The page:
Small Akoda Incense Burner with Scattered Crests in Makie

Place of production
Era century
Momoyama Period
Length 5.5 cm Width 5.5 cm
Kyoto National Museum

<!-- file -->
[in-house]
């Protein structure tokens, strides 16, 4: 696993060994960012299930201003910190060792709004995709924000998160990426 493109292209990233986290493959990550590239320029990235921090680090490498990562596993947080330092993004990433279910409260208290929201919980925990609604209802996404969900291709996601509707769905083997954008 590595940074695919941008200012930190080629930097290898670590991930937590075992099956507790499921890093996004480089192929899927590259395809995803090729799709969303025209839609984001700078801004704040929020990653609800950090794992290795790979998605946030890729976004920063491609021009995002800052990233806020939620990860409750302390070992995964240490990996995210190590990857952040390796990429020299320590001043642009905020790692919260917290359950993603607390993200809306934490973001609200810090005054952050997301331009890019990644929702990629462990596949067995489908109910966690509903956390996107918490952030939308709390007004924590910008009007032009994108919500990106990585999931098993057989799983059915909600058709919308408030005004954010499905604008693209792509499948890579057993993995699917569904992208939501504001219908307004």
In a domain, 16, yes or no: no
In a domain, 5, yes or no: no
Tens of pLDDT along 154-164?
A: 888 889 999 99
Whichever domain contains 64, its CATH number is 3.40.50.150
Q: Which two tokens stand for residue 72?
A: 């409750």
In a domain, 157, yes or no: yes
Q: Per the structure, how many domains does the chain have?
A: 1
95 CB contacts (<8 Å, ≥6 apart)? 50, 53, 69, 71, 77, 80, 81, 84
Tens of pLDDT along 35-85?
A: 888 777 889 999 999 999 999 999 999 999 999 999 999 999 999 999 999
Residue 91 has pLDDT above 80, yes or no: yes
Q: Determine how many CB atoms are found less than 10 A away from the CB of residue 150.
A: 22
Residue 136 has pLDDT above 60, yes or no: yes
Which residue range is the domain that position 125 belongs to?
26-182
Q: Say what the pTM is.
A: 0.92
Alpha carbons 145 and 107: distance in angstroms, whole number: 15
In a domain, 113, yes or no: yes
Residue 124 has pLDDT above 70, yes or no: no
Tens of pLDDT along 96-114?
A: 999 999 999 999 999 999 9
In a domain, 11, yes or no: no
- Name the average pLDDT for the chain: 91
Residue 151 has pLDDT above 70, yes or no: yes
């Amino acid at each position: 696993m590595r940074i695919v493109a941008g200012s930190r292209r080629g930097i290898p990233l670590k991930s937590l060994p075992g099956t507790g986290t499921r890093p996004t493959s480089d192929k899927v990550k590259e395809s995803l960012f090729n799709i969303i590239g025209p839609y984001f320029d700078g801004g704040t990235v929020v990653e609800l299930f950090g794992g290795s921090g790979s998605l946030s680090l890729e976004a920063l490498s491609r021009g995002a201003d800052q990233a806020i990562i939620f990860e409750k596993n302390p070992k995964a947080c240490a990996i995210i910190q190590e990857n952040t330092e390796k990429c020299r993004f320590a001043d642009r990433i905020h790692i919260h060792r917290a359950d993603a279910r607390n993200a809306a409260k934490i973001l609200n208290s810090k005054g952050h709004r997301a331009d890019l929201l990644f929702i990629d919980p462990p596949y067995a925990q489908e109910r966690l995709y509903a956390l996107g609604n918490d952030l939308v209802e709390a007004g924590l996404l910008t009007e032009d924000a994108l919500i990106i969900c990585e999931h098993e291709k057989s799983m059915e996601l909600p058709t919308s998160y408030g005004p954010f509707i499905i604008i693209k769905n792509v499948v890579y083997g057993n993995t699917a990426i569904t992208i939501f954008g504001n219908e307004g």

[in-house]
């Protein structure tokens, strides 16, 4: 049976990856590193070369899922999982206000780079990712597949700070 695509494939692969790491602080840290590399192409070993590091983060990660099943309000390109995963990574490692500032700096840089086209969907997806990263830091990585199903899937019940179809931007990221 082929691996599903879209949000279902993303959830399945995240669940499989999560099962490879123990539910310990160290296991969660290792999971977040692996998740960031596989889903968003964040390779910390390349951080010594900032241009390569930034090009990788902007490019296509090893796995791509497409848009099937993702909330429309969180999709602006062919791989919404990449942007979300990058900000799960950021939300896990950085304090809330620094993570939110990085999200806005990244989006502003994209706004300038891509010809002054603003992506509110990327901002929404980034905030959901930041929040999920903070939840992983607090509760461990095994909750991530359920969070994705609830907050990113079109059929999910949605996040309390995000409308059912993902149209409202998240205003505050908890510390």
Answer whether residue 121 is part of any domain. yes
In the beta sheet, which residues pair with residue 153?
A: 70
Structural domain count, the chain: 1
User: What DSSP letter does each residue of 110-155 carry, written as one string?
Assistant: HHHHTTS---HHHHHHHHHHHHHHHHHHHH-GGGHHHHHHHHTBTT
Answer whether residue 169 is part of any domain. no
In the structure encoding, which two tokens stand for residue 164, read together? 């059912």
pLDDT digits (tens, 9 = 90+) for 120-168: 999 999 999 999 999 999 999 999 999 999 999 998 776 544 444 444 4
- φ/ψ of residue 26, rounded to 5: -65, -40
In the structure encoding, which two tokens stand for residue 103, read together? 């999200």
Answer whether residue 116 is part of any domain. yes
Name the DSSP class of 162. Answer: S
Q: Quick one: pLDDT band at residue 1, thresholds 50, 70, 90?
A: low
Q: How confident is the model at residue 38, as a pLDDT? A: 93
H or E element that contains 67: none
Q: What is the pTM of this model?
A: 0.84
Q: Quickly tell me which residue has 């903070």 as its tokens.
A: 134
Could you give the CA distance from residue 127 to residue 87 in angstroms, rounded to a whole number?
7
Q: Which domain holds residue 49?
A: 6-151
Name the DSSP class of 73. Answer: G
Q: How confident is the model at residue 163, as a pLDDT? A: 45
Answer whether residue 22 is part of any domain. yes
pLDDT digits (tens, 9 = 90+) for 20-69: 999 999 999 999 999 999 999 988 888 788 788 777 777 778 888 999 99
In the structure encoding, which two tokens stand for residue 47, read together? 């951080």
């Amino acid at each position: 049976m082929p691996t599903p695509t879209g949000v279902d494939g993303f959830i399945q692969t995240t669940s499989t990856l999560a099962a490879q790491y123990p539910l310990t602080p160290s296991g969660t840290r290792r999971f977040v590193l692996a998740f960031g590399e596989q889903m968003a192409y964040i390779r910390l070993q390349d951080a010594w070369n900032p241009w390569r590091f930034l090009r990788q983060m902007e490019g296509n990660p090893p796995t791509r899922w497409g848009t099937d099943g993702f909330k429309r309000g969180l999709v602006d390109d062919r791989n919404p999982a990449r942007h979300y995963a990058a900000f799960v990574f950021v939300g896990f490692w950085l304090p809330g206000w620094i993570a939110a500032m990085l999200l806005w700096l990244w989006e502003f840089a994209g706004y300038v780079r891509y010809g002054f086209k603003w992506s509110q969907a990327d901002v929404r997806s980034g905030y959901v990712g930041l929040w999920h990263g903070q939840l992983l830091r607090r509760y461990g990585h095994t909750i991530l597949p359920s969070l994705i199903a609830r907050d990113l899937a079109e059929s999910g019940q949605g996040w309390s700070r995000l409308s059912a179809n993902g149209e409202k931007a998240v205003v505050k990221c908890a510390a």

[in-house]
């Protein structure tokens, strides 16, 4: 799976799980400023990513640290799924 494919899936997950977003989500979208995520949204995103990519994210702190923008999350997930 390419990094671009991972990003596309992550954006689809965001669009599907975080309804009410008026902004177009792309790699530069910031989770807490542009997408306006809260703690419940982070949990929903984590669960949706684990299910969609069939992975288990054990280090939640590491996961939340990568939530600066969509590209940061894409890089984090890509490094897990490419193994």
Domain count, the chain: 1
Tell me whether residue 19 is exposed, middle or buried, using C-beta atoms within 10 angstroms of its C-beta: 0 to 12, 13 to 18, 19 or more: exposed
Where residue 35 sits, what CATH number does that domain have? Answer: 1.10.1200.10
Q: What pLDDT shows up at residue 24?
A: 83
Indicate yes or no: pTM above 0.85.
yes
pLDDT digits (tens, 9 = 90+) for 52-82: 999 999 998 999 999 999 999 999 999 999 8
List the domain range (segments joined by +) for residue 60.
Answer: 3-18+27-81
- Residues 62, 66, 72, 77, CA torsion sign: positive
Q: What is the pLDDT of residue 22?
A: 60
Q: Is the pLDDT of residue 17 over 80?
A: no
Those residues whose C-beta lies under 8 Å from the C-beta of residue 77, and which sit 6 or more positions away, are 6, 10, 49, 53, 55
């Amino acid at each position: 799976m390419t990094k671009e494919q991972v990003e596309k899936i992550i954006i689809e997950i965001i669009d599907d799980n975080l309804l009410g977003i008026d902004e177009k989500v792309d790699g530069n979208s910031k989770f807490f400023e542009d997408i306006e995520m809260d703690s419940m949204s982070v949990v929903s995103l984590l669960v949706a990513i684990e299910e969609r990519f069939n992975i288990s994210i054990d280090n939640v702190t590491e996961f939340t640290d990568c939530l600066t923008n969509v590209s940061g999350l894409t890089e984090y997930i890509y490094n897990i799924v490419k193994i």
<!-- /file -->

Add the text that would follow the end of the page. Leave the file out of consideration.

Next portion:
Because this incense burner resembles an <i>akoda</i> melon, it is referred to as ""akoda"" or ""melon-shaped."" It is quite fetching in that it is small enough to fit in the palm of the hand, smaller than usual. It is decorated in the techniques of low relief <i>makie</i> (J., <i>hiramakie</i>) and of incising a design, called ""needle drawing"" (J., <i>harigaki</i>) on a ""pear-skin"" ground (J., <i>nashiji</i>). Arranged on this ground are scattered crests of cherry blossoms, pinks, mandarin oranges, chrysanthemums, bamboo grass, and flowers with lozenge-shaped petals, which are not actual family crests but designs popular at the beginning of the Edo period (1615-1868). The lining of the incense burner and the basket-weave cover are made of pierced bronze.

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